I’m keen on lists but am well aware that this divides people – many of my friends and family avoid them at all costs. But for me it’s a love affair. I even wrote a book about a list. And I particularly like ranking things—I just can’t seem to help it. For years my favourite book and favourite film have been unchanged. There’s something about knowing that Remains of the Day and Cinema Paradiso are important to me that helps define who I am. The Great Gatsby and Don’t Look Now are my second-favourite book and film; 101 Dalmatians and The Shawshank Redemption come in at number three, and Far From the Madding Crowd and The Railway Children are at number four.  I could go on…but there’s a strong chance that you’re not as keen on rankings as me, so I’ll stop there.

“Which do you prefer?” I asked my husband when we first met – “Beatles or Stones?” He looked mystified and said
“Can I have both?” He’s of the non-ranking persuasion.


I’m aware that I might take my obsession too far and for years have even been able to say what my favourite word is. For a long time it was ‘elastic’. I just loved how it sounded so stretchy. Then I moved on to something altogether more heart-warming—‘kitten’. That’s been my favourite word for quite some time now. Then the other day I read something that the Little House on the Prairie author, Laura Ingalls Wilder once said: “Home is the nicest word there is”.

I’ve been thinking about home a lot over the past few weeks as I’ve just moved house—again. This will be my seventh home in twelve years. The moves have been triggered by changing circumstances—financial ruin, divorce and then a different life in a new city. But I’d like to feel settled now—at last. The dictionary definition of ‘home’ is ‘the place where one lives’. But it’s so much more than that. I was watching a David Attenborough documentary the other day – one of my treats – and he said in relation to animals that a home is somewhere to feel safe and comfortable.

The Danish art of ‘hygge’ has been in the media recently and has inspired a number of books. It’s not about wealth or possessions but it’s about making life good in simple ways. We’ll each have our own version of this. For me it’s hot porridge with maple syrup and cinnamon, fragrant coffee in the morning, candles, fresh flowers, rose-scented bath oil, and reading a good book with a soft blanket, open fire and ideally a piece of fruit cake on a pretty china plate.


Our new home has been completely renovated and is all ready for some hygge. The builders have been working on it for six months. There’s a new kitchen, French windows in the bedroom and it’s freshly painted throughout. It feels light and bright and my heart gives a skip each time I come back to it. It’s also wonderfully clean.

In recent years life has felt overwhelming at times so that day-to-day housekeeping has been an unwelcome drudgery. I’ve much preferred the treats. Sometimes I’ve felt like it’s less effort to move house than to clean it. The grime and the dirt seem to get everywhere in a most tiresome way. And what is this dust that settles on every surface? It’s popularly believed that dust is predominantly dead human cells but I read recently that most of these go down the plughole when we wash. Instead it’s more about pollen, the husks of insects, pet hair, soil, tiny particles from outer space, and pretty much anything else that is very, very small.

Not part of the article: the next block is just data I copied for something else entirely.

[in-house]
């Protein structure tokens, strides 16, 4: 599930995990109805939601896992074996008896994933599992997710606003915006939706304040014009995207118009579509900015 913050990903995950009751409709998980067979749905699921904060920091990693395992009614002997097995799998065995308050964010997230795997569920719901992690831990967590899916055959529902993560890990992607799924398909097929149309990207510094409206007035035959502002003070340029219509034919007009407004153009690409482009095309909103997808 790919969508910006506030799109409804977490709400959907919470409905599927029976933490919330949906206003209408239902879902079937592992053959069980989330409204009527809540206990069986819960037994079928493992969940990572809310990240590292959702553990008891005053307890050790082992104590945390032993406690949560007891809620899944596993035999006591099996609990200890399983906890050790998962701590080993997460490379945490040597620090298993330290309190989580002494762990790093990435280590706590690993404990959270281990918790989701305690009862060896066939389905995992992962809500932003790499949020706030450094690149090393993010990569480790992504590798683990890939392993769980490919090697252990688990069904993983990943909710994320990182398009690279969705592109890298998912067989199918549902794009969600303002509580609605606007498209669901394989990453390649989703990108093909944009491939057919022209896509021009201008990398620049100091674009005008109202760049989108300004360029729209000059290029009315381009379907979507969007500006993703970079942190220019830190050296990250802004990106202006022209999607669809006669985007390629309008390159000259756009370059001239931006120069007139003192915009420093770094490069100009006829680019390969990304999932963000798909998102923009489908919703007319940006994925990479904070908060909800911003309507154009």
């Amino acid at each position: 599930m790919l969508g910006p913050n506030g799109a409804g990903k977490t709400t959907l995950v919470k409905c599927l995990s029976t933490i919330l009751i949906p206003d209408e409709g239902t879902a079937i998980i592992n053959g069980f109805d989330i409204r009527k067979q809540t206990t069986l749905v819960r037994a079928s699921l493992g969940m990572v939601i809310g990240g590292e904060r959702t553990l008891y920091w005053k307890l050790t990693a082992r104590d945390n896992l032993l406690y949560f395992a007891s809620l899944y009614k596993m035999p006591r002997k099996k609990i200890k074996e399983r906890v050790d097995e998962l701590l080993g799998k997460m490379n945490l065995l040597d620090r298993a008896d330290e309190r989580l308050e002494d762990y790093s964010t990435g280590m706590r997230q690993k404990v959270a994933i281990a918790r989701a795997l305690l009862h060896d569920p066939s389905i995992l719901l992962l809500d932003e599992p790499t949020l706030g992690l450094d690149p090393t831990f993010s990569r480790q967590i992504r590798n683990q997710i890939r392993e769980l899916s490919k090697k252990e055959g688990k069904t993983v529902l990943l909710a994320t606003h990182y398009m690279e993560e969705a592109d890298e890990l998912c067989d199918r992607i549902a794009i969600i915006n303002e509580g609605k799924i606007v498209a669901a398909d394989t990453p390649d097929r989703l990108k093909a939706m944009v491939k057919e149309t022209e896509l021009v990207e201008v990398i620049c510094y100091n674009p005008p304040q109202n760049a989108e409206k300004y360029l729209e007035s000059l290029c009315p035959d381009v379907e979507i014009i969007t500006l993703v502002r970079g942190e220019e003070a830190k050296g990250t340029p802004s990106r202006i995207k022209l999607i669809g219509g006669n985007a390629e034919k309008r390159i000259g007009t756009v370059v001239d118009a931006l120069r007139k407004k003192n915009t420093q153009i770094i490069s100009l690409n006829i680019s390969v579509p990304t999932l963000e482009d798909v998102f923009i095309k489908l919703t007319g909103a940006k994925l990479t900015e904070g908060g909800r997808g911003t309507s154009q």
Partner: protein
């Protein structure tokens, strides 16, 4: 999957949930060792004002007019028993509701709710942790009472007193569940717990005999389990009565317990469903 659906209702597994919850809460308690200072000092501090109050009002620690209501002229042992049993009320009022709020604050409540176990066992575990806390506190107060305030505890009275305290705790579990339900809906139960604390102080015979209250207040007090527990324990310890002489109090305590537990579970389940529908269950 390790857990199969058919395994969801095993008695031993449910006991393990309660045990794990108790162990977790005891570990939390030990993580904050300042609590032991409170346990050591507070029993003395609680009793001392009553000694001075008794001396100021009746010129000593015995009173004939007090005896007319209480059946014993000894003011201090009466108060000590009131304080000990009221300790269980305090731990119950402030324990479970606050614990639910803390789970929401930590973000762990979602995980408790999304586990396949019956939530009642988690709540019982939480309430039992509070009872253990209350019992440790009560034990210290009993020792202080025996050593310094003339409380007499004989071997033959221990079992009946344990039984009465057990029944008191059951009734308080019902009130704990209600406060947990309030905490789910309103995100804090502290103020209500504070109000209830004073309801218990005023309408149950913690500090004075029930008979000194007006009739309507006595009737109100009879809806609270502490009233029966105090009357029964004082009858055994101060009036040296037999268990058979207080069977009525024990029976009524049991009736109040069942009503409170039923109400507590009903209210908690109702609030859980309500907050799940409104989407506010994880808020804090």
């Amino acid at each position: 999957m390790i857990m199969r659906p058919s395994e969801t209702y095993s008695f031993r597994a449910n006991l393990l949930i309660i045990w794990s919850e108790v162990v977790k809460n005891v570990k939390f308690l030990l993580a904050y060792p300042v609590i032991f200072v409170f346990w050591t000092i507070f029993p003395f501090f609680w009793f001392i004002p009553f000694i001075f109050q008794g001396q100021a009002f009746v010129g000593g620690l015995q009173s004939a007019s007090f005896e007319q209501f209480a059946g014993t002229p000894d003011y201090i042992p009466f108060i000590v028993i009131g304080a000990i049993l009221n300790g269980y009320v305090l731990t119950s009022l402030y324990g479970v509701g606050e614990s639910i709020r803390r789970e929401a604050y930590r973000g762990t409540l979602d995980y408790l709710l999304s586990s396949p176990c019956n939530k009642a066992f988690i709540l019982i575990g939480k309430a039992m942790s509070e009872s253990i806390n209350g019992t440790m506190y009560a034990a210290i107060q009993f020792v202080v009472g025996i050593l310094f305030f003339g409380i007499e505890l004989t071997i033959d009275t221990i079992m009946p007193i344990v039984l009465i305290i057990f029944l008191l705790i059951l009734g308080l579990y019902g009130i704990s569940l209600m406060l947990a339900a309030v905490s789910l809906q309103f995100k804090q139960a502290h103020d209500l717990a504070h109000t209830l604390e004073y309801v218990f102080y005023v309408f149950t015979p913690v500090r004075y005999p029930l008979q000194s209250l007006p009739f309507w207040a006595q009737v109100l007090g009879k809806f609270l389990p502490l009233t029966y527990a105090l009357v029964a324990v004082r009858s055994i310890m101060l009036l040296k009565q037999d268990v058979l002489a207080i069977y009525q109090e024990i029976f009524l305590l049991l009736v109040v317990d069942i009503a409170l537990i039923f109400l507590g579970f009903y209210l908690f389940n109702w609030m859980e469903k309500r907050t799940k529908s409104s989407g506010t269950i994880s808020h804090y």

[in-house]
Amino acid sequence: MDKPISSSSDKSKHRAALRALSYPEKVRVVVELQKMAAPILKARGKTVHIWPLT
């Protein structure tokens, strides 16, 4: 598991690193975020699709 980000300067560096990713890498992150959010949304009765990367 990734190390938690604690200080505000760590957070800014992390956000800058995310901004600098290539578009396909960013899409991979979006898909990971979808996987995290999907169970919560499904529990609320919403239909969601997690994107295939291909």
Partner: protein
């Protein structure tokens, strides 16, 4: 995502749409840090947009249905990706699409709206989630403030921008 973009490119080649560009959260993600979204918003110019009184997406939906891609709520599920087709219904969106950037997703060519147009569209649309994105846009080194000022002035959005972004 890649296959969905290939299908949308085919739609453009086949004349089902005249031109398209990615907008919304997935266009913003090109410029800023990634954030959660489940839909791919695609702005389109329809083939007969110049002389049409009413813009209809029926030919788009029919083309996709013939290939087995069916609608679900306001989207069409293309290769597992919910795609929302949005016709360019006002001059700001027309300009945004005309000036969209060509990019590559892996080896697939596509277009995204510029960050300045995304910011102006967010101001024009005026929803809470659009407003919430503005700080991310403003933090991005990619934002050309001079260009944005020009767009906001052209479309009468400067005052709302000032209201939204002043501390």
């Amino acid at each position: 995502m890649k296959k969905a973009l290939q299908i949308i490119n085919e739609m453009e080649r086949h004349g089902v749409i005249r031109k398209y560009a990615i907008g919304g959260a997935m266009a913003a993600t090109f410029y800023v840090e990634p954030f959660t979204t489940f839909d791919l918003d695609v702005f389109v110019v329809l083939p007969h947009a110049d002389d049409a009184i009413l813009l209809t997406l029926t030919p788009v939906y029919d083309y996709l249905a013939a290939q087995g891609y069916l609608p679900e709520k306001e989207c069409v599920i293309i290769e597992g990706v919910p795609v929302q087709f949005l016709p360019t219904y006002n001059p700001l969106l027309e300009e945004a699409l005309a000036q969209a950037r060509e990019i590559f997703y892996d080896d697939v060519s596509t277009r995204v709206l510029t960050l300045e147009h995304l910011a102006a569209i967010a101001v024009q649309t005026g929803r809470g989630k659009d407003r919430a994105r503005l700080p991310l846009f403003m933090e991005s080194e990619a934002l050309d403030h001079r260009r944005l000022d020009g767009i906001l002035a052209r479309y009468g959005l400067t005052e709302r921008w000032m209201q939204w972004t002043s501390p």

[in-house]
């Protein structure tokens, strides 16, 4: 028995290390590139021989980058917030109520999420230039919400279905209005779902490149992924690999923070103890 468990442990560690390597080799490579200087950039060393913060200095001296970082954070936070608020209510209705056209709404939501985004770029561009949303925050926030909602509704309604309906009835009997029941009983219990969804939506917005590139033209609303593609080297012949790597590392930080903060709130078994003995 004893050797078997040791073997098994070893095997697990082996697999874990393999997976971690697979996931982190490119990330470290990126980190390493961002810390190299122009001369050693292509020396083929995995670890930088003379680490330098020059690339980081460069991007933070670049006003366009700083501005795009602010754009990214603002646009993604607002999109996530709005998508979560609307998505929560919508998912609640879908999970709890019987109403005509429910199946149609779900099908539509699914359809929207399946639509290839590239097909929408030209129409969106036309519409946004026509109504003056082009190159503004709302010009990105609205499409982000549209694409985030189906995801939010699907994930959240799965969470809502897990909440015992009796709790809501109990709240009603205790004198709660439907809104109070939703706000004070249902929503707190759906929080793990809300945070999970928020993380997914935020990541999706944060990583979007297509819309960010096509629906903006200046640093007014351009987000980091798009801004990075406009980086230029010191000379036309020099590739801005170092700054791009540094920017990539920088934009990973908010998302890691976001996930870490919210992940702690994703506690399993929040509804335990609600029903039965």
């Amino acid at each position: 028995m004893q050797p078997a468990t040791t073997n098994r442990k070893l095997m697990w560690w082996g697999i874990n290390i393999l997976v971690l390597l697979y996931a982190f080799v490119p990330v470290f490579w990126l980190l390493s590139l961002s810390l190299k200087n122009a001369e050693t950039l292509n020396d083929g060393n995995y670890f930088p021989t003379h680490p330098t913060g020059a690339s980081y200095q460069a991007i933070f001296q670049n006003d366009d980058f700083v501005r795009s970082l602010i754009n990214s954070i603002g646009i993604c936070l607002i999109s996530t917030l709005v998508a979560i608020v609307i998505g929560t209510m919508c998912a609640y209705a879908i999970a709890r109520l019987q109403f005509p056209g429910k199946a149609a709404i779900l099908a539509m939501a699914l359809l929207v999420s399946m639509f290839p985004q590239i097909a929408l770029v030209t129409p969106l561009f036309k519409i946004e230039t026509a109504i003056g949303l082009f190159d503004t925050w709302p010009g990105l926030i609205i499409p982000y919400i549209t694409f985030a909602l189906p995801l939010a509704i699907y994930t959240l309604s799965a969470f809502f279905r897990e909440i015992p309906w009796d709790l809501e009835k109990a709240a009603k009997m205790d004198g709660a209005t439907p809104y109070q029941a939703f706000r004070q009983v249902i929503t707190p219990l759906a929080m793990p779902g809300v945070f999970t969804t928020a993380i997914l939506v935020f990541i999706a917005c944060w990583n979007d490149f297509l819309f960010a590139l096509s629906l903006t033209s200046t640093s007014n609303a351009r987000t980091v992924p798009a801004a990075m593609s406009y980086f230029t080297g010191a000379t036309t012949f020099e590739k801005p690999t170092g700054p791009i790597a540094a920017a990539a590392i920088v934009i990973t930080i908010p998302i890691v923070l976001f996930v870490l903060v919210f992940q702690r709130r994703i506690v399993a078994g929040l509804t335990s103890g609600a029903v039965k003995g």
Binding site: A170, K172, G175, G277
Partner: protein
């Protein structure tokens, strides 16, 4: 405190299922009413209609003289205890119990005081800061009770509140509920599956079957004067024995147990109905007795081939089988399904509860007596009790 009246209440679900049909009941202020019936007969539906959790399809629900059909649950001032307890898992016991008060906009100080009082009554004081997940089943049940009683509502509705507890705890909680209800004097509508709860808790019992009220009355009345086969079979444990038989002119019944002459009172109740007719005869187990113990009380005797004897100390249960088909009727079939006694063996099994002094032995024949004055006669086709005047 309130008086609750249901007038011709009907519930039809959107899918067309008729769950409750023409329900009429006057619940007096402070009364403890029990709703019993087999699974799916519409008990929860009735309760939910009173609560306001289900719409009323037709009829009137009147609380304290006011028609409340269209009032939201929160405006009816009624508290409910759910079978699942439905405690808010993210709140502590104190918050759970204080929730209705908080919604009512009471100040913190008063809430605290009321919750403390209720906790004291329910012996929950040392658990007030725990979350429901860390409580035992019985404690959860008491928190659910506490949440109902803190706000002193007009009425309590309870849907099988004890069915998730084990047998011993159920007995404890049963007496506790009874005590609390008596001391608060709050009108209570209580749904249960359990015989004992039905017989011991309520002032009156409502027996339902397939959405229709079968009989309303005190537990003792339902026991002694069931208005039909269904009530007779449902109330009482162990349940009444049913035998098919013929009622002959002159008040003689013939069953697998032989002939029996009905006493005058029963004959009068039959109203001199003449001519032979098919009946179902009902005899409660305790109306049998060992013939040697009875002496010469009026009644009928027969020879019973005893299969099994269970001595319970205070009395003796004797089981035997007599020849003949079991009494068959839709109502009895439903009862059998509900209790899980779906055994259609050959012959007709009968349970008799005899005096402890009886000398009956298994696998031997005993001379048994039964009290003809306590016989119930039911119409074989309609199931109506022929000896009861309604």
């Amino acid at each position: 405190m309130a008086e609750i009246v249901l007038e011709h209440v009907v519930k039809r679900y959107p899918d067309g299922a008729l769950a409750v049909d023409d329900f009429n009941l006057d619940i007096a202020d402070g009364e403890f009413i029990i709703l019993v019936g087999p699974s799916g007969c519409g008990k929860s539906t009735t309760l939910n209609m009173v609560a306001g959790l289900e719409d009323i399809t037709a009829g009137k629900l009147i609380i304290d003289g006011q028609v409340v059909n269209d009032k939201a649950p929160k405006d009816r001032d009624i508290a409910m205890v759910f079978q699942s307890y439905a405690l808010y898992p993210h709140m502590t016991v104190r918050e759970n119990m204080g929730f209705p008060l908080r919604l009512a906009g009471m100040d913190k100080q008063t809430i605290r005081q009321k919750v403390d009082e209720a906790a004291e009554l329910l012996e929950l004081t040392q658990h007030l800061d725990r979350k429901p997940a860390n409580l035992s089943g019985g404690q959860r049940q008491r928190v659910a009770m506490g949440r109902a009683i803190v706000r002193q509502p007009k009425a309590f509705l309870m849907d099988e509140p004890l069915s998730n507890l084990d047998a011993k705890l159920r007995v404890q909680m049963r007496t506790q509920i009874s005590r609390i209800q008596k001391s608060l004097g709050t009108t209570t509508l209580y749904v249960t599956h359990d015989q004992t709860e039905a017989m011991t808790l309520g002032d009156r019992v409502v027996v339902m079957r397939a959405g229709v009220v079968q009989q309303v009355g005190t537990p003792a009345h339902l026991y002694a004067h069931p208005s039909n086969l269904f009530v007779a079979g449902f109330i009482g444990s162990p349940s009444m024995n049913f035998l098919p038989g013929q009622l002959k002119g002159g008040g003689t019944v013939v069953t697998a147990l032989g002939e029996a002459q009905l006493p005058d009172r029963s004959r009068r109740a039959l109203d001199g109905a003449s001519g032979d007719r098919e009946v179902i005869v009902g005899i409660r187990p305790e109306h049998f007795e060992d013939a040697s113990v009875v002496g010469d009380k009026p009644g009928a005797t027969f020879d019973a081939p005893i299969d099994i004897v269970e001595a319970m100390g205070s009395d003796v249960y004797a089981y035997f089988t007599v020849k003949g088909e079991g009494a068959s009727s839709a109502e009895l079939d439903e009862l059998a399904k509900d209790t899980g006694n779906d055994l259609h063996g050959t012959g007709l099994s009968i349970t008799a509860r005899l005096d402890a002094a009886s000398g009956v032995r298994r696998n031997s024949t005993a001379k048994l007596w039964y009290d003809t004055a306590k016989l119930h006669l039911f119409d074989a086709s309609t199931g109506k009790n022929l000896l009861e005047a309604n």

This week, my sister-in-law has been visiting from Australia. We asked what she would particularly like to see and she said, “An English castle and a pub.” So on Tuesday we had lunch in a proper English pub, sitting outside in the thin autumn sunshine and then we went on to a nearby National Trust property, Hinton Ampner. It’s not quite a castle, but it is a beautiful example of a classic English home. I liked the gentleman’s bedroom—and especially the breakfast tray laid out with a boiled egg, fine china, silver cutlery and a folded linen napkin. I imagined breakfasting there whilst gazing out over the walled gardens and Hampshire meadows. The seductive charm of this hygge fantasy even overrode my aversion to boiled eggs.


Photo: Chris Gunns

Some areas of the house were inaccessible as it was having its annual deep clean. We peered through doorways into rooms where odd-shaped furniture sat shrouded in white cloth. With so many treasures the cleaning has to be done in a very precise and ordered way. Everything is inspected carefully and particular attention is paid to any insects that might cause damage. Then the housekeepers get to work on the dusting using hogs hair brushes. Unlike normal hair, hogs hair has multiple split ends which give it plenty of spring so that it’s gentle but firm on delicate, creviced surfaces.

I looked at the information boards with interest. Perhaps this is what I need in my new house—a hogs hair brush and an annual deep clean. That way the pain could be concentrated into a few days. I might even be convinced that it’s easier to clean than to move. I do hope so as I’d like to stay here for the forseeable future.

Home—it really is the nicest of words.